In Let the People Speak: Oppression in a Time of Reconciliation, Winnipeg-based, award-winning journalist Sheilla Jones presents social inequities that affect Indigenous communities in disproportionate numbers as the symptoms of institutionalized powerlessness.
Thus, the solution to these issues – such as high levels of poverty, suicide, incarceration, children in care, and family violence – is empowerment.
Jones explains how this can be achieved through modernizing the system of treaty annuities, which would be linked to the increasing value of ceded lands and paid directly to every First Nations person.
“For First Nations people, that empowerment was written into the historic treaties, and has yet to be honoured,” she says. “Modernizing annuities to share the land and honour the treaties is both revolutionary and practical. But most important, it is entirely achievable if there is the political will to make it happen. Let the People Speak takes a hard look at the effects of federal Indigenous politics over the past 50 years, and then offers a path forward.”
Jones has been thinking about this need for empowerment for a long time. “As a journalist covering Indigenous issues 20 years ago, I was perplexed by the seeming inability of Canada’s federal and Indigenous political leaders to resolve the issues of grinding poverty and hopelessness plaguing so many Indigenous communities,” she says.
“Despite the efforts of hundreds, if not thousands, of well-meaning and enthusiastic bureaucrats and officials over the years, those issues seemed to be getting worse instead of better. I wanted to know why. It took time and insight from Indigenous activists and Indigenous Affairs insiders to finally be able to frame the issues at stake in a way that made sense to me.”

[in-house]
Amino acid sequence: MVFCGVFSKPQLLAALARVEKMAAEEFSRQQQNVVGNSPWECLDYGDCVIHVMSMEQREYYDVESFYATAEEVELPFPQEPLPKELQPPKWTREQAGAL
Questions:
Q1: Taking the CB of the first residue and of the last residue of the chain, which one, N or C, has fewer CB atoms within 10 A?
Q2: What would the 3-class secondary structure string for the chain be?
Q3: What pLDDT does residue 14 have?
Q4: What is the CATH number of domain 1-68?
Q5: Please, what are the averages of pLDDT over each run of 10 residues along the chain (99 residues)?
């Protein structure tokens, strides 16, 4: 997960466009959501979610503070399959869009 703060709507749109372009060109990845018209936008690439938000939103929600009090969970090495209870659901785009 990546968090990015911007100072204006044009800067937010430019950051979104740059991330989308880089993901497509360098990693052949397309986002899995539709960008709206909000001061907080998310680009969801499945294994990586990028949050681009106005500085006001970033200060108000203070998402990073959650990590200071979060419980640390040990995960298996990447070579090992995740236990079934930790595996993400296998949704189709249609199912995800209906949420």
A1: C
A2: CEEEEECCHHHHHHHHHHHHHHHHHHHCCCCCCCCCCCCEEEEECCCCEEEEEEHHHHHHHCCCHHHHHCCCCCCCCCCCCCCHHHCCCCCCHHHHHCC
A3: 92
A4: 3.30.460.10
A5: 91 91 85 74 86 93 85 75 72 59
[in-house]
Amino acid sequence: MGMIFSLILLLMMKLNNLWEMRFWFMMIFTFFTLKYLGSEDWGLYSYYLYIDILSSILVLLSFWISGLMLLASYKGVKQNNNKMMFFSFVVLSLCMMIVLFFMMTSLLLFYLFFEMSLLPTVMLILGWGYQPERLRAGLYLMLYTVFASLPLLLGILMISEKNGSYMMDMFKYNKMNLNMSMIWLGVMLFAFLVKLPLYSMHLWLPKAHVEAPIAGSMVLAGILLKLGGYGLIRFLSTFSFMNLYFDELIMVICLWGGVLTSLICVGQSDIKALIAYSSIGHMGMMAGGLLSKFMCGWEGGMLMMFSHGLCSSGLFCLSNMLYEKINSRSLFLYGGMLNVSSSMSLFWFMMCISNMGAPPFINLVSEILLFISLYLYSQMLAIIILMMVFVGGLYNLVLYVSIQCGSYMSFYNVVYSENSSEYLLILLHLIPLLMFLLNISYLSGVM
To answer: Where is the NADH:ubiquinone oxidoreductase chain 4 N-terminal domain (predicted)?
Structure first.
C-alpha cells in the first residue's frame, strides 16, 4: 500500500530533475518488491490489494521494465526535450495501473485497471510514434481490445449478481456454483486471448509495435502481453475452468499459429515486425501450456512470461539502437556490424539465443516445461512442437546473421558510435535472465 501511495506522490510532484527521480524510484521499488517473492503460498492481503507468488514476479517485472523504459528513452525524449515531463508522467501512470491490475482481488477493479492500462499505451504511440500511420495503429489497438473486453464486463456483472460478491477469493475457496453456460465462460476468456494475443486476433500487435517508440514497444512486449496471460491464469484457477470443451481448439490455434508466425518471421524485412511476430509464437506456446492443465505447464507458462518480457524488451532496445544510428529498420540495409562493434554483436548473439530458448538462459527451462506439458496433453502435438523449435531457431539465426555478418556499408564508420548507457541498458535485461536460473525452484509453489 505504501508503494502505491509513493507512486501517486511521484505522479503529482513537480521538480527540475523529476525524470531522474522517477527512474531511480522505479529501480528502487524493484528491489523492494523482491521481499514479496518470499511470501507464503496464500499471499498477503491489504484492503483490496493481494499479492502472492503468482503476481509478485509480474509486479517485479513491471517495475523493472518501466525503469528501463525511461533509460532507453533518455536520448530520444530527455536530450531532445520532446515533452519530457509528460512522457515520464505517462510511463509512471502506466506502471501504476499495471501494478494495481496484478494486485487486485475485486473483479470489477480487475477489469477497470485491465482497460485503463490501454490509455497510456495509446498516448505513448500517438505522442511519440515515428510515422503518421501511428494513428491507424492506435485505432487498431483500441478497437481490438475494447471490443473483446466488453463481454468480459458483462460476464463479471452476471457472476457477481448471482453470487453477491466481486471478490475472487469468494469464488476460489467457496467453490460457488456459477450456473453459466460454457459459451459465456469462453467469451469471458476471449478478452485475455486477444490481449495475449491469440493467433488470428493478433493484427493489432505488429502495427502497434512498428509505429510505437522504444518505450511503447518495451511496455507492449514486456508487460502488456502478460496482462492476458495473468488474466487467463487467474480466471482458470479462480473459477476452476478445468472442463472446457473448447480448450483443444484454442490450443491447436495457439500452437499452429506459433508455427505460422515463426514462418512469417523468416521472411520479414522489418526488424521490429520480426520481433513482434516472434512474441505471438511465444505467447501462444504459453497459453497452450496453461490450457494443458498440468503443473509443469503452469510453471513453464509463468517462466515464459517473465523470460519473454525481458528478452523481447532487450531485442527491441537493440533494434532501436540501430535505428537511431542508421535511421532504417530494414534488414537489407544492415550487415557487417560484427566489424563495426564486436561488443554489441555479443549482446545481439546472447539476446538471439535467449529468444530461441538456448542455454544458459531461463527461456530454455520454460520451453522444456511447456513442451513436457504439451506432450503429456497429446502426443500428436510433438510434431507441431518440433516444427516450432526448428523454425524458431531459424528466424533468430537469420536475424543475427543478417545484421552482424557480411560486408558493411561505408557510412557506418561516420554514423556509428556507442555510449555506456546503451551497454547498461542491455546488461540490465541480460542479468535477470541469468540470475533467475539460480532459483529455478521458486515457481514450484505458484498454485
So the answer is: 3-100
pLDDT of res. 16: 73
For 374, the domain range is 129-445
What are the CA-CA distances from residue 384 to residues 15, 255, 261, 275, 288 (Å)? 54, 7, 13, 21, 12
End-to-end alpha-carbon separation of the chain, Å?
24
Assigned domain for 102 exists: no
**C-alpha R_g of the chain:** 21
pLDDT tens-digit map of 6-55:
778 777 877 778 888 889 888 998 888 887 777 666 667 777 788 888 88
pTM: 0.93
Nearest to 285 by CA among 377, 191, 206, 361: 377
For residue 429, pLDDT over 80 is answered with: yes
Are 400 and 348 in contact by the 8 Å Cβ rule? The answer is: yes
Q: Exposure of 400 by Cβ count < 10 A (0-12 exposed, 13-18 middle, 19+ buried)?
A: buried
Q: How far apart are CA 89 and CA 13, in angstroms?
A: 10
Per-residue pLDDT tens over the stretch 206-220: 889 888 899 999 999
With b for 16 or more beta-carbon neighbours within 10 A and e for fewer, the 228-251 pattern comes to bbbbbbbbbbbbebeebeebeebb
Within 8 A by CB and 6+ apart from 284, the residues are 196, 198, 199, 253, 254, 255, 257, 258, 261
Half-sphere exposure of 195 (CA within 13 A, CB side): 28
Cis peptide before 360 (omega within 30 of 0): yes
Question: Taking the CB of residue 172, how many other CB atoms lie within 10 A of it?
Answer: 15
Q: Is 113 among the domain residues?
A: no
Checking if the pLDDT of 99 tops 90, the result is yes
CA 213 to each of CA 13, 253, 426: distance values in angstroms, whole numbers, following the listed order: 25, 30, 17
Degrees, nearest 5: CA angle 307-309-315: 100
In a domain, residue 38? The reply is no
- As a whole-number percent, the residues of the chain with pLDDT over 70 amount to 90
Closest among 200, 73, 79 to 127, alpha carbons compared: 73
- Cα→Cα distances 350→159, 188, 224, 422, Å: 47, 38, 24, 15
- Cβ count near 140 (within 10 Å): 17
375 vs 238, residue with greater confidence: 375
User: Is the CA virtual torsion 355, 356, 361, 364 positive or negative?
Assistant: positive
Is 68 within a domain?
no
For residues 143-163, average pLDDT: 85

Let the People Speak was written specifically “for ordinary Canadians who may not know a great deal about the seemingly impenetrable complexities of Indigenous issues, but who are among the roughly
80 percent of non-Indigenous people who want to be actively part of reconciliation,” Jones says.
“There are reconciliation events and exercises they can participate in, and those can all be helpful. However, if the First Peoples are systemically rendered politically and economically powerless and voiceless, how can there be any meaningful talk of reconciliation?”
Including the voices of regular Canadians is something Jones believes is essential for reconciliation to move forward. “There is no place at the table for the voices of ordinary Canadians – Indigenous and non-Indigenous – to be heard. We are shut out of the important and necessary work of arriving at a new relationship between the First Peoples and settlers. How can there be reconciliation without us?
“Ordinary Canadians hold the fate of federal politicians in their hands, and we can use our voices and our power to ensure that Indigenous voices are also heard. That’s when talk of reconciliation will become real.”
Jones hopes that ordinary Canadians will recognize their collective power to influence change in federal Indigenous policy.
She says, “Politicians are loath to take political risks – and Indigenous politics can be a minefield – but if they are assured that a significant number of Canadians support empowerment of First Nations people through annuity modernization, we can make it happen.”